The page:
Divers take note Museo Atlantico now open in the Canary Islands
Underwater sculptor Jason deCaires Taylor just got serious. The British diving artist who has created large underwater sculpture gardens in the waters of Grenada and Mexico has just launched a project in the waters of the Canary Islands that acknowledges the plight of boat people.
While his Caribbean sunken galleries have tended to be playful, sometimes religious, the newest project of the 41-year old, skewers important world issues from climate change to conservation to migration.
Two months ago he opened the first phase of Museo Atlantico -- an art project he describes as "the first underwater contemporary art museum in Europe and the Atlantic Ocean." There are 300 life-sized figures standing at bottom 14 metres down -- more are on the way.
"It is still in construction, over 250 more works will be added in the coming year" the artist told me in March. "It will be complete in January 2017." The non-polluting concrete statues are made from casts of real people. And while the models are living beings, the new inhabitants are not.
According to the artist the Raft of Lampedusa is "a harrowing depiction of the ongoing humanitarian crisis, referencing French Romantic painter Théodore Géricault's work: The Raft of the Medusa. Drawing parallels between the abandonment suffered by sailors in his shipwreck scene and the current refugee crisis, the work is not intended as a tribute or memorial to the many lives lost but as a stark reminder of the collective responsibility of our now global community."
There is a raft filled with escaping migrants who never will make it to land. The artist says he isn't eulogizing the dead, but rather shining a spotlight on their plight.
And what of the tourists taking selfies as they appear to walk along the bottom? Taylor calls it the Rubicon where 35 people are walking towards a gate -- it is " a point of no return or a portal to another world." (Crossing the Rubicon references Julius Caesar who said in 49 BC that when you cross the Rubicon River you can't come back - it is the point of no return).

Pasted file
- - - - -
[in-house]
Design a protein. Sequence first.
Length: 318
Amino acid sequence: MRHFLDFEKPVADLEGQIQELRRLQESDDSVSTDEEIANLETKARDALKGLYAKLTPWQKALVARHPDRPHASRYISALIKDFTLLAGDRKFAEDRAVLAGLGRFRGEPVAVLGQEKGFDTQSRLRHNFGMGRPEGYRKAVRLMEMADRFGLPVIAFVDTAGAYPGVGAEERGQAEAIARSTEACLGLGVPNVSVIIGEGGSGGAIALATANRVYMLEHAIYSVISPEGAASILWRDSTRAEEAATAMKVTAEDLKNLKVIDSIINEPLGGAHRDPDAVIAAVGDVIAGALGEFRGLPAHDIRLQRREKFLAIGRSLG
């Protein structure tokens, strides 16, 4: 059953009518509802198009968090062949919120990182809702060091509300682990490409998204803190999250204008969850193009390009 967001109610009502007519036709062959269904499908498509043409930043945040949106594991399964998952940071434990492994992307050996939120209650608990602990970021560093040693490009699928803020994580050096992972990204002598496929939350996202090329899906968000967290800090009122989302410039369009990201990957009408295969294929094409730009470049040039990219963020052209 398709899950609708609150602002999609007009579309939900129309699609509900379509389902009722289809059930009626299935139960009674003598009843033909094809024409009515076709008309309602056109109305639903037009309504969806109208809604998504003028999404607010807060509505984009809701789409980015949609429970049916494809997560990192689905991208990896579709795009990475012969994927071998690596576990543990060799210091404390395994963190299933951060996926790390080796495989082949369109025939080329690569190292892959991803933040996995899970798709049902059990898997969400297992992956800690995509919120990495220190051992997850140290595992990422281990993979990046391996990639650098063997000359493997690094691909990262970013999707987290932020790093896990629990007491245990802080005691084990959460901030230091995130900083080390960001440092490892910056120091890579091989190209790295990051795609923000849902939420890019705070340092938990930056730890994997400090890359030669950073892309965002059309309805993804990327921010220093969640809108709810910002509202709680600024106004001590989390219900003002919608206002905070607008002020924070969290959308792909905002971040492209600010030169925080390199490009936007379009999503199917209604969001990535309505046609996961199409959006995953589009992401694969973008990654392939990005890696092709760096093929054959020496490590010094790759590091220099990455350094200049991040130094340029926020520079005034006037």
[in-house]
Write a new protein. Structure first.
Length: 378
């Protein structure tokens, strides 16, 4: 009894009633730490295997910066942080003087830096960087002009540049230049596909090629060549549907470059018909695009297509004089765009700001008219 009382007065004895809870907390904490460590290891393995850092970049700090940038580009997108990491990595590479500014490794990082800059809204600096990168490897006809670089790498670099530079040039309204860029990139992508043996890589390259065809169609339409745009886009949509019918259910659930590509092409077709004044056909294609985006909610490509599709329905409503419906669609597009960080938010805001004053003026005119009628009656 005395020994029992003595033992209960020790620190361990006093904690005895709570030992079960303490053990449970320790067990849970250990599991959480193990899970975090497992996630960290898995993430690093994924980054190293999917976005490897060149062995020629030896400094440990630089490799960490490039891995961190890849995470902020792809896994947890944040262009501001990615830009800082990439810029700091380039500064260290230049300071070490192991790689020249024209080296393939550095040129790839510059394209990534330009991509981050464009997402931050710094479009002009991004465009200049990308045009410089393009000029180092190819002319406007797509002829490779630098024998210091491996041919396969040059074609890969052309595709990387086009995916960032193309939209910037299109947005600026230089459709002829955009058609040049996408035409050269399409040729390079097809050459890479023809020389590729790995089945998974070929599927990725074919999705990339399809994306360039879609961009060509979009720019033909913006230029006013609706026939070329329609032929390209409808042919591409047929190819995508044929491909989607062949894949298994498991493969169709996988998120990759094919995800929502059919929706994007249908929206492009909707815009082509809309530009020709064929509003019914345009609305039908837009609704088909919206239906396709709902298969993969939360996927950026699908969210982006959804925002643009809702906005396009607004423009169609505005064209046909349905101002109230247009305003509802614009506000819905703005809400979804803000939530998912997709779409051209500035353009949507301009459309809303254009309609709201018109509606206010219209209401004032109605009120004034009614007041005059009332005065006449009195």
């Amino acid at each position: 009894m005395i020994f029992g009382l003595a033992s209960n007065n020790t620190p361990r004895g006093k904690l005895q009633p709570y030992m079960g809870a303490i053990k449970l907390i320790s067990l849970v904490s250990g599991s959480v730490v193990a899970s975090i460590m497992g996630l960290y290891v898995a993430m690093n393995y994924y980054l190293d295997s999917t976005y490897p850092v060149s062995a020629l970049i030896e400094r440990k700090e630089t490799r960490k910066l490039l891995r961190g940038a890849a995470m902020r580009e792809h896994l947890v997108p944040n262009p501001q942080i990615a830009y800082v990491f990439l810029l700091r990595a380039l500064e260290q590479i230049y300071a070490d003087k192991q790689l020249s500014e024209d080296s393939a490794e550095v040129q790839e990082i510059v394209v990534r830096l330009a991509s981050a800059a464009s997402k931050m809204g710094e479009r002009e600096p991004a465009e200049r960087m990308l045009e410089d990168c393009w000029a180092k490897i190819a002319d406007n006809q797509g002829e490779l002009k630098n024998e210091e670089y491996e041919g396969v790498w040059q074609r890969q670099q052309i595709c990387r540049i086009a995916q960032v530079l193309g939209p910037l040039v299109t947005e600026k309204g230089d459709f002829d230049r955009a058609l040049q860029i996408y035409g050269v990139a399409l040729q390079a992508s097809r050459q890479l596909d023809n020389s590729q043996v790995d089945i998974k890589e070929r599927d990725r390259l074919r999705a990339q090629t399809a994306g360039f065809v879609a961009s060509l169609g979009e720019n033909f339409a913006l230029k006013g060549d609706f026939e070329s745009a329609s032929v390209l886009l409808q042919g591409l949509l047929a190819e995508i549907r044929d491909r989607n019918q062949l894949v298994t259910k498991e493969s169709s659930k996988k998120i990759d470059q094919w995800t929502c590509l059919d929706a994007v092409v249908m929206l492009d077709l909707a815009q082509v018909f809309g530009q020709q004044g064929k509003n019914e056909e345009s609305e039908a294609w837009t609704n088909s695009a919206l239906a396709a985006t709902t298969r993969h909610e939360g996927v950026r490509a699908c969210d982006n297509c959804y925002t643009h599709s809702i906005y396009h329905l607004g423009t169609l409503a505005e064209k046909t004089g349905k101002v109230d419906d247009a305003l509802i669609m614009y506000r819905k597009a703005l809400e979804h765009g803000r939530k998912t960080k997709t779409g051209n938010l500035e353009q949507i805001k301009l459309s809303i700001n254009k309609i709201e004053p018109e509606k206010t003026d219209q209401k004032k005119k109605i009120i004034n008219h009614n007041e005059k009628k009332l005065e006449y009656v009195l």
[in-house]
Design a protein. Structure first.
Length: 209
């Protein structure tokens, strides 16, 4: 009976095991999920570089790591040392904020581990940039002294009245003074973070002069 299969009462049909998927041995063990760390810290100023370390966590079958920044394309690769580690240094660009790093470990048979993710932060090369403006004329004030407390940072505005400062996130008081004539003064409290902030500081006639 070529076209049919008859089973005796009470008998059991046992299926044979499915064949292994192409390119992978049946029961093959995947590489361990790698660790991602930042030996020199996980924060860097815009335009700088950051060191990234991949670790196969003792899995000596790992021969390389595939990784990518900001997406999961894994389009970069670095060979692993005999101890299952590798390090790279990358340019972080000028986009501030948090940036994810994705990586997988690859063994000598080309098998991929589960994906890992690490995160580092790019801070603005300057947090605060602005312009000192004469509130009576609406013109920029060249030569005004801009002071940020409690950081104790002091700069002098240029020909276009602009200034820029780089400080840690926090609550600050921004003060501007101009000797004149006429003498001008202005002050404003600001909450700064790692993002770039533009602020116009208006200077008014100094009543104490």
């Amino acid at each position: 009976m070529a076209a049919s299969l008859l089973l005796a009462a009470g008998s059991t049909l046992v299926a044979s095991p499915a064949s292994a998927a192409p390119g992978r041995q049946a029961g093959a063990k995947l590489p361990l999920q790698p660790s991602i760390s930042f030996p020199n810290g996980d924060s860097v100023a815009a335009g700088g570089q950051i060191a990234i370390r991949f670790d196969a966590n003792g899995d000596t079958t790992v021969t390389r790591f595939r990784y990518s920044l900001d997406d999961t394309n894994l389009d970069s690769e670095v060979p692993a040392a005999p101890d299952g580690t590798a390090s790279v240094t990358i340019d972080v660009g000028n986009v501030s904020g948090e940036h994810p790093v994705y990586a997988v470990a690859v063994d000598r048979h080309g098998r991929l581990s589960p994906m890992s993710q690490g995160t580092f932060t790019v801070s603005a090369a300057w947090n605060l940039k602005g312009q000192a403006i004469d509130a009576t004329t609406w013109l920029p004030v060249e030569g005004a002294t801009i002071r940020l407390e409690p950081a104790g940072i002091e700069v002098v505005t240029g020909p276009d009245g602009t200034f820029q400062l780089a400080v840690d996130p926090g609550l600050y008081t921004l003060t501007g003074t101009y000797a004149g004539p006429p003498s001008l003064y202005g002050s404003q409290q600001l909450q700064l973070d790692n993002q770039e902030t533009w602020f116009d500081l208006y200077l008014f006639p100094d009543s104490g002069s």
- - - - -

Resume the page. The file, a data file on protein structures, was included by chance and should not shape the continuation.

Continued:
The concrete is striated so that over time the pieces will be covered in plant life and schooling fish will live amongst the art pieces.
"We never interfere with the natural development of the works," Taylor continued. "The museum is in a protected bay. Each piece is between one-10 tons, so I am not predicting major disturbance but with you can never be 100 per cent certain with the sea. Obviously the works won't change like it has in tropical areas (his installations in the Caribbean) but will still be colonized. Just after two weeks we have seen schools of juvenile fish, 2 angel sharks, several octopus and algae and calcium deposits on the pieces."
The installation is a commission from the Spanish Government. The placement in the waters of Lanzarote is already boosting tourism and paying dividends.
"It was officially opened today (March 2nd), several groups of divers from around Europe came over to be the first people top see the museum," Taylor told me. "And on return we were met on shore by the president of the Canary Islands."
Lanzarote is known for its year-round warm weather, beaches and volcanic landscape. It is the third most populous island of the Canary Islands.
"Not sure quite yet what I will do next. Think large and think deep. I have another underwater project in Bali soon and the possibility of some works in the Med but yes it seems I will be below the waves for some time."